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* Feature code: <code><nowiki>{{FA|date=</nowiki>3 May 2015<nowiki>|revision=</nowiki>{{lastrevision|Project Gemini}}<nowiki>}}</nowiki></code> (Only add this '''after''' this page has saved)
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*{{#ifexpr:{{#time: U }} > 1430956800 |* <span style="color: red; font-weight: bold; font-size:125%">Remove this section now.</span>|*This section can safely be removed on <u>7 May 2015</u>}}
   
The [[French]] have also have a great claim to [[fame]] by having [[Social Commentary|overpowering unions]], which have led to slow industry and the country being in [[Economics|perpetual recession]] and ruled by [[Krypton|crypto]][[fascist|-fascist]] [[Goverment|governments]] since France's defeat in the [[World War 2|Second World War]]. '''([[France|more]]...)'''
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=== 03 May 2015 ===
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{{FeatArticleImg|Gemini patch.JPG|170px|link=Project Gemini}}
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'''[[Project Gemini]]''' was [[NASA]]’s second space program, between the Mercury and Apollo missions. With the [[Apollo Project|Apollo]] program behind schedule, NASA needed something to do between 1961 and 1966, after which everyone would be watching the soccer [[World Cup]]. The Gemini spacecraft carried two [[Astronaut|astronauts]] to different parts of the solar system and one crew into an alternative [[universe]]. The program put the [[United States]] ahead of the [[Soviet Union]] in the [[Cold War]] Space Race.
   
== [[Rule of Three]] ==
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Gemini’s mission was to iron out various space-travel and personnel issues, in preparation for the goal set by [[John F. Kennedy|President Kennedy]] to land people on the moon and return them safely to [[Earth]]. Project Gemini managed to complete the first part of that goal, just leaving [[Apollo]] to figure out how to return the astronauts safely to Earth. Other minor objectives were medical experiments, navigation, rendezvous, explosive yield, docking, EVA and orbital maneuvering techniques.
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* Article feature date: 9 October 2008
 
* Feature code: <code><nowiki>{{FA|date=</nowiki>9 October 2008<nowiki>|revision=</nowiki>{{lastrevision|Rule of Three}}<nowiki>}}</nowiki></code> {{#if:{{REVISIONID}}|{{#dpl:title=Rule of Three|uses=Template:FA|mode=userformat|resultsheader=<span style="color: green; font-weight: bold">✔ FA has been added.</span>|noresultsheader=<span style="color: red; font-weight: bold; font-size:105%">Featuring is not complete until the feature code is added to the article.</span>}}|<span style="color: red; font-weight: bold; font-size:105%">Don't add this to the article until this section has been saved.</span>}}
 
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=== 9 October 2008 ===
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The Gemini capsule was launched on top of a Titan II inter-continental ballistic missile, the first to be fired from Cape Canaveral. The first four manned launches expanded the envelope from sub orbital ICBM to orbital spacecraft. Project Gemini was also the first to use mission control in [[Houston]]. '''([[Project Gemini|more]]...)'''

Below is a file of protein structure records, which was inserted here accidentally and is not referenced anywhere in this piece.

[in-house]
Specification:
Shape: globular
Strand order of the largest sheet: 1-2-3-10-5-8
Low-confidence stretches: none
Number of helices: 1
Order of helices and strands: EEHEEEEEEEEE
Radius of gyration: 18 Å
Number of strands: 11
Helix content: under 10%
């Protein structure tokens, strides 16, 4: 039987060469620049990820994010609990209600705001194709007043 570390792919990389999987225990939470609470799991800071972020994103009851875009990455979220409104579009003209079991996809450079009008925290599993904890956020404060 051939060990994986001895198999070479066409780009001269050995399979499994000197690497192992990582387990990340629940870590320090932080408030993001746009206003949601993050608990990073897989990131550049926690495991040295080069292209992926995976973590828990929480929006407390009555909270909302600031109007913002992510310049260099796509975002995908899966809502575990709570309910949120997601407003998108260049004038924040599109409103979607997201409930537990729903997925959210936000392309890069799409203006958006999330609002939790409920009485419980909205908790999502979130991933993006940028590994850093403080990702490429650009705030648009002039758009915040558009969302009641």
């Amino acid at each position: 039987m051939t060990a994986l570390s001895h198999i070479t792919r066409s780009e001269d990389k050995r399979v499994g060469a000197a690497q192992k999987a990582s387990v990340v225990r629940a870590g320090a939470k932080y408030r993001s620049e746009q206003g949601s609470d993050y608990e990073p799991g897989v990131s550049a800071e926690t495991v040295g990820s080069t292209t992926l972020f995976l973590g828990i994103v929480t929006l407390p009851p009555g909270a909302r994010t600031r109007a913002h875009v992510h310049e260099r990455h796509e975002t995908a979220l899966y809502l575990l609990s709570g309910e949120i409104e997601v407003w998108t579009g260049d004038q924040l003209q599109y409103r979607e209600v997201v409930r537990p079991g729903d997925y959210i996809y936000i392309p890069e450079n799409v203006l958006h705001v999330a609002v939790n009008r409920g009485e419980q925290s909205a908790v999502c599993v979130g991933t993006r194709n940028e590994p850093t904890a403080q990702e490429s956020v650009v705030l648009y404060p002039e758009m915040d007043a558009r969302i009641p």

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The '''[[Rule of Three]]''' is a principle in [[English]] writing that suggests a list of three things is inherently funnier, more effective or more [[orgasm|sexually satisfying]] than a list of any other number of things. Often to obtain maximum [[humour]], the third thing in the list breaks the pattern set up by the other two. It is an important [[comedy]] writing technique often used in [[television]] shows, stand-up comedy routines and [[erotic]] novels. The technique can be combined with any other comedy technique including [[redundancy]], [[random humour]] and [[redundancy]]. It should not be overused, however, as the joke will fast become [[Uncyclopedia:In-jokes|stale]], [[Oprah Winfrey|stagnant]] and [[Chuck_Norris/Facts|hilarious]]. '''([[Rule of Three|more]]...)'''
 

Latest revision as of 22:32, May 2, 2015


edit Slut shaming

  • Article feature date: 2 April 2015
  • Feature code: {{FA|date=2 April 2015|revision=5862128}} (Only add this after this page has saved)
  • Remove this section now.

edit 02 April 2015

Protest against slut-shaming

Slut shaming is the basis of modern society — the pillar on which decent people plop their weight — the great turtle on which morality stands in order to reach the top shelf. But it is equally important as an amusement, the amount of which is limited only by the number of:

  1. Definitions of the term "slut,"
  2. Available shaming techniques, and
  3. Participants on hand.

The term "slut" signifies a woman whose fortress is not well-guarded. The concept is relative, not only because the figurative winners write the history of war, but because the proverbial pen is mightier than the sword. Thus, every human being unfortunate enough to be born female is a potential slut, and many live up to their potential.

Sigmund Freud stated that sexual desire motivates human actions. Nevertheless, slut shaming is not always sexual. The alleged slut can be a teenager who bares a fraction of her body (any fraction) for a fraction of a second in front of a fraction of a camera; or equally likely an elderly Cambridge lady, researching into the role of slut shaming.

So it is not that a woman defends her fortress but that she burrows under the fortress of social control — such as when she criticises slut shaming itself. A key defense that society uses is the "slut factor," as a woman is not only a slut when she acts sluttily, but especially when she resists acting sluttily. To further show the term's marvelous adaptability, a woman acting maximally slutty is never called a "slut" by her co-actor, at least for the entire time they are in bed together. (more...)